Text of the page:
[Silence is Golden | Sunday, 2 September 2266]
It had been twenty minutes.
Now past midnight, Jon, Mikel, and Mikel’s partner stood in silence. They looked down at the boy, then to Mittens, and then back at the boy’s ice-cold body, lying still in the pool of blood left by Mittens’ wounds.
Mittens moved to step forward, but was met by Bakker’s arm aimed directly at her head.
“Long time, no see, Bobo.”
“I’d say it’s good to see you’re out, but that was a little bloodthirsty.” The detective turned to Mikel. “I know the slums play fast and loose with the law, and I know the kid was an outsider. Please tell me you have rules against murder here.
“We do,” Mikel answered with a nod. He still felt rattled by the night’s events.
The group could hear footsteps approaching from the penthouse’s entry.
“Mikel, I thought we were friends,” Mittens said. “I saved all your asses from that kid.”
“Bobo had it, Mittens. Without lethal force, and he was questioning this kid. Just go quietly, okay?” Mikel said.
As two bouncers burst into the bedroom, Mittens turned tail. She bolted toward the penthouse’s window and leapt through it. Bakker rushed to the window and looked down. Mittens was gone.
Two hours later, Bakker was unable to contain his yawn. The teenager’s body had been removed, the blood washed from the tile floor, the broken window replaced.
“Jon, meet Paz. Three years after you left Sector New York, we met, Paz introduced me to the slums and has been by my side ever since.”
“Pleased to meet you.” Bakker shakes his replacement’s hand.
“The boy’s name is Nickel McClain,” Paz says as a holographic image of Nickel appears from his wrist. Seventeen years old, never had an issue with the law. By all accounts, he had a successful future ahead of him. But he also had a taste for experimental synthetics.”
“You think that was it?” Bakker asked.
Paz nodded his head. “I’m not seeing any other reason for this incursion.”
“Jon, go home and get some sleep, it’s been a rough night,” Mikel said. “But come by the courthouse in the morning, and we’ll put our heads together and think of something.”
After roughly four hours of broken sleep, Bakker was jostled awake by bouncing on his bed. Slowly opening his eyes, the detective soon realised he wasn’t alone. He had company, and that company was Mittens.
“Good morning, Jonny,” Mittens said with a smile.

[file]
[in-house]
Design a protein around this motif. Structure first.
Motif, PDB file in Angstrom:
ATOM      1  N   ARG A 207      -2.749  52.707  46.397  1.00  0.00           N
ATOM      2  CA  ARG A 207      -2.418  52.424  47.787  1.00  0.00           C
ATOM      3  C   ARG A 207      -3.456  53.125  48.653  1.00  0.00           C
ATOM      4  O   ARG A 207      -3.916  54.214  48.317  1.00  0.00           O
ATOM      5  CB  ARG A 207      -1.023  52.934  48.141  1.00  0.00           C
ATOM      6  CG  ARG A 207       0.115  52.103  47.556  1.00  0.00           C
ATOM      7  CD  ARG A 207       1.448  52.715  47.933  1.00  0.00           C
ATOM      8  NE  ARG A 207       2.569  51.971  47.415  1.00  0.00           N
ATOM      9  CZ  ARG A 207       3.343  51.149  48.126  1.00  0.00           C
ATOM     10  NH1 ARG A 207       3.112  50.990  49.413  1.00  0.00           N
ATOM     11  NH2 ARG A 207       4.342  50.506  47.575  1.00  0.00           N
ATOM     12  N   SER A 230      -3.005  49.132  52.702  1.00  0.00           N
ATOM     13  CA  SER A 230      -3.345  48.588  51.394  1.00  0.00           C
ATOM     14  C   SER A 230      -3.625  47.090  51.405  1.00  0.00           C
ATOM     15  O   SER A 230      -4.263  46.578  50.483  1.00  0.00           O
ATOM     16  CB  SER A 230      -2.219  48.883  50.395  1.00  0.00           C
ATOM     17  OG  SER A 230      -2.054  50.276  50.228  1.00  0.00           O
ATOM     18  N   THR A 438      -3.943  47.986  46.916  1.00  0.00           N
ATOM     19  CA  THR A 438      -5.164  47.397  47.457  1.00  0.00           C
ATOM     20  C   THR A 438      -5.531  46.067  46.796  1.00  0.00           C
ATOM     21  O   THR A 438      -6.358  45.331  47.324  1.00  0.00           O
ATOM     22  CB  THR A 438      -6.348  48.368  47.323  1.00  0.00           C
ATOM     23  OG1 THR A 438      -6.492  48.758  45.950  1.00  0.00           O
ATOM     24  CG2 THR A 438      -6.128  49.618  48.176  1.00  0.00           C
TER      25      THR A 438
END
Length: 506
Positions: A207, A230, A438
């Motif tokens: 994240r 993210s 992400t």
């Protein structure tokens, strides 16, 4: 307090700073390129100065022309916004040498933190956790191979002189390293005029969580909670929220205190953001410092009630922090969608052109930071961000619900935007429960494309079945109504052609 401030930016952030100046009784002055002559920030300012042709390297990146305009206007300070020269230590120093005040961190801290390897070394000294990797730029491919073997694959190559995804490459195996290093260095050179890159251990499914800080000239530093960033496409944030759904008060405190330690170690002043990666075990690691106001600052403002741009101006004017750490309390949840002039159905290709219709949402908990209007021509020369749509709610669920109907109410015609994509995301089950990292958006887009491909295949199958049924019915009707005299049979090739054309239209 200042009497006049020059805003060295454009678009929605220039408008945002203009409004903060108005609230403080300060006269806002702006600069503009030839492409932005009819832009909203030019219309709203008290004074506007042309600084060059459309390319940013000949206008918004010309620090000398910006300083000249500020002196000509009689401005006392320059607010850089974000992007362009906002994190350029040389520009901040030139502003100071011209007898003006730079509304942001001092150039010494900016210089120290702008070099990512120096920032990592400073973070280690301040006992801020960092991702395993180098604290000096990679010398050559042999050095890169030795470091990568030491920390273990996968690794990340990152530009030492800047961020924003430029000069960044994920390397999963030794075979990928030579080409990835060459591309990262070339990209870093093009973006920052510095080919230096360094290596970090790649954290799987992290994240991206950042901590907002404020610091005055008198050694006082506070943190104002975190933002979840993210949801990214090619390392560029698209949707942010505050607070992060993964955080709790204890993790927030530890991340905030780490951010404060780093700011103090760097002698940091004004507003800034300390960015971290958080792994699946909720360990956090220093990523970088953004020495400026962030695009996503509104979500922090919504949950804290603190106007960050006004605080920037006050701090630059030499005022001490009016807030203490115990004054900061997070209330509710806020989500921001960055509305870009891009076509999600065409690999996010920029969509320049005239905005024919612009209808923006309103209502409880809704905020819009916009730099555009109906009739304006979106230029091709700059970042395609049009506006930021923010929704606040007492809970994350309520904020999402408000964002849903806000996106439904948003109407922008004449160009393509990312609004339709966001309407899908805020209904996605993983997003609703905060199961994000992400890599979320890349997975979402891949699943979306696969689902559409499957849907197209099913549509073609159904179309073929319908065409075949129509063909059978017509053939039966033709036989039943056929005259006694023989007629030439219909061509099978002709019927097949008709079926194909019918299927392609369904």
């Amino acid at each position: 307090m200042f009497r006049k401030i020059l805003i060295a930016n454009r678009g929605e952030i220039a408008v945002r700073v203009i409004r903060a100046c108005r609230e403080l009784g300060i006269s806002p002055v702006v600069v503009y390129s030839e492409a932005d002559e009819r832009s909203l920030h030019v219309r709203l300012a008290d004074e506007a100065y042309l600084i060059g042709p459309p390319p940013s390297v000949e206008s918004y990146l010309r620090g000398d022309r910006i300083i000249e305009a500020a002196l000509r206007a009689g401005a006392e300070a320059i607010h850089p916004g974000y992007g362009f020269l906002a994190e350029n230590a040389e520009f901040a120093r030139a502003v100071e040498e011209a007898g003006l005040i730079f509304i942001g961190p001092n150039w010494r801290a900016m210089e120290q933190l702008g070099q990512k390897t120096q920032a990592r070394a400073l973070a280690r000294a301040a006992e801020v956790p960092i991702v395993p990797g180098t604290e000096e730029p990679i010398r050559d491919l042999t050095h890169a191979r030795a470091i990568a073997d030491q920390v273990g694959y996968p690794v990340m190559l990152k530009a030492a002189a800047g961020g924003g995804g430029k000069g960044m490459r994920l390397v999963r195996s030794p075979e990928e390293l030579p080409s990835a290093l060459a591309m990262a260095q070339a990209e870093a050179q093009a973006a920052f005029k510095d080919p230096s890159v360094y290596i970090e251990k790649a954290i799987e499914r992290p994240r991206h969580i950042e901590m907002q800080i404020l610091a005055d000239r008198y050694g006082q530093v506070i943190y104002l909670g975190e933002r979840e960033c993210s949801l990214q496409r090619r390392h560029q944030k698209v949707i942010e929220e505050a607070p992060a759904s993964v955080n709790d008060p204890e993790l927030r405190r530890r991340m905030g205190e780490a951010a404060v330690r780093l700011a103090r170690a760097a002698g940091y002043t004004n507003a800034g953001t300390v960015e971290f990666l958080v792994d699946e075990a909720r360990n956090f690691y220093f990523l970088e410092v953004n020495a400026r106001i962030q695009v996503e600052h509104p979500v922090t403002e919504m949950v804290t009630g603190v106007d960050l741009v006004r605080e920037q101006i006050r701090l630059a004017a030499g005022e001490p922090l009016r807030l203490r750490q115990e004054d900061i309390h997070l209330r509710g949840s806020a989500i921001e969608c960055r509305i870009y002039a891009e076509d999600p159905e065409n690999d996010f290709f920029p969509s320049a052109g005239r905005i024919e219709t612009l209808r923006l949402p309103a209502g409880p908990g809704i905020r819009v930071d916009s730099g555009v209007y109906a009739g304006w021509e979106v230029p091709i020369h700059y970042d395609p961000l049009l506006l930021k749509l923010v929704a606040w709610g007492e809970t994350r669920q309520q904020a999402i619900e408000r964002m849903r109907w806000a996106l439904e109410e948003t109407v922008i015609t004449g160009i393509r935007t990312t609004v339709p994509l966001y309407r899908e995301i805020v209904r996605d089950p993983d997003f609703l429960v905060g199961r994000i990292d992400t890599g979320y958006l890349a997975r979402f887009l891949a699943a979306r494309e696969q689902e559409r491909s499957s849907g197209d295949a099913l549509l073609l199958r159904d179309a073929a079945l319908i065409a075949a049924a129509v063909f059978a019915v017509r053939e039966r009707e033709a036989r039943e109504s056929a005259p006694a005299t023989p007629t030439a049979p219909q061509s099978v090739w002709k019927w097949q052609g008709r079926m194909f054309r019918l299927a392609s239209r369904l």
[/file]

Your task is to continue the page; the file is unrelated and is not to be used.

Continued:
“I wouldn’t call it ‘good,’” Bakker said. “What the hell are you doing here?”
“I came to explain, and to give you a message. And what do you know, they’re both the same thing.”
“So, you’re incommunicado with Her Eminence. That’s fine, but only as long as she has me to pass messages through.”
Bakker smirked. “That’s going to be a little difficult with you having just committed murder and all.”
“Yeah, I’m going to need to lie low for a while.”
“You can do that in your cell.” Bakker moves toward Mittens.
“That’s not happening, Jonny, and let he who is not a murderer cast the first stone, okay?” Mittens said. “The kid, his name was Nickel, like that ancient coin. He was a regular at my workshop. Definitely a City kid, but he was starting to question things — there was hope that he wouldn’t grow up to be a totally shitty human being, you know? That’s rare. So anyway, he rocked up last night, when I was on a transmission with Her Eminence. He heard a little too much for Her Eminence’s comfort, and was totally tripping balls. There was no calming the kid down.”
“What did he hear?”
“Her Eminence believes she has a lead on the Slumlord. She identified Paz, real name Piotr Antos; the City lost track of him twenty-five years ago. They’ve known he’s been here for the last three years, but she’s recently received intel suggesting he might be the Slumlord.”
The detective nodded his head.
“Her Eminence ordered me to kill the kid, Jonny.”
“So, somebody asks you to kill someone and you figure ‘sure, why not?’” Bakker’s frown intensified at the thought.
“At least someone had to ask me to kill Nickel, rather than me just volunteering to do it,” Mittens answered. “I made a terrible mistake by accepting Her Eminence’s first job. Now she has her hooks in me, with shinobi stationed around my family. Please don’t be so naïve to think she doesn’t control you, too.”
“Have you seen Mittens?” The Magistrate sat behind his desk, dressed in his ball-lack regalia.
“No,” Bakker lied. He really hoped the Magistrate didn’t have a handle on his tells. “Look, I need to ask if you know who the Slumlord is.”
The Magistrate shook his head. “No. If you have any power in the slums, you can’t tell anybody, not even those closest to you. The City will come after anybody seen to strengthen the slums.”
“You told me who you are, Mikel.”
“I know you, Jon. I also know how stoic you can be, so I’d expect you to rot in the prison before answering the Magistrate’s questions.”
“Does Paz know about the job?”
Mikel scoffed before shaking his head. “Oh, hell no. He couldn’t deal with the pressure.”
“So, I assume he hasn’t confessed to being the Slumlord to you yet, then?” Bakker added a smile to his statement. Hopefully, it would throw Mikel off enough that he could read his response without realising Bakker seemed particularly interested in the Slumlord.
“No,” the Magistrate laughed. “He struggles enough in his job, ‘importing’ goods to pass to the less fortunate here.”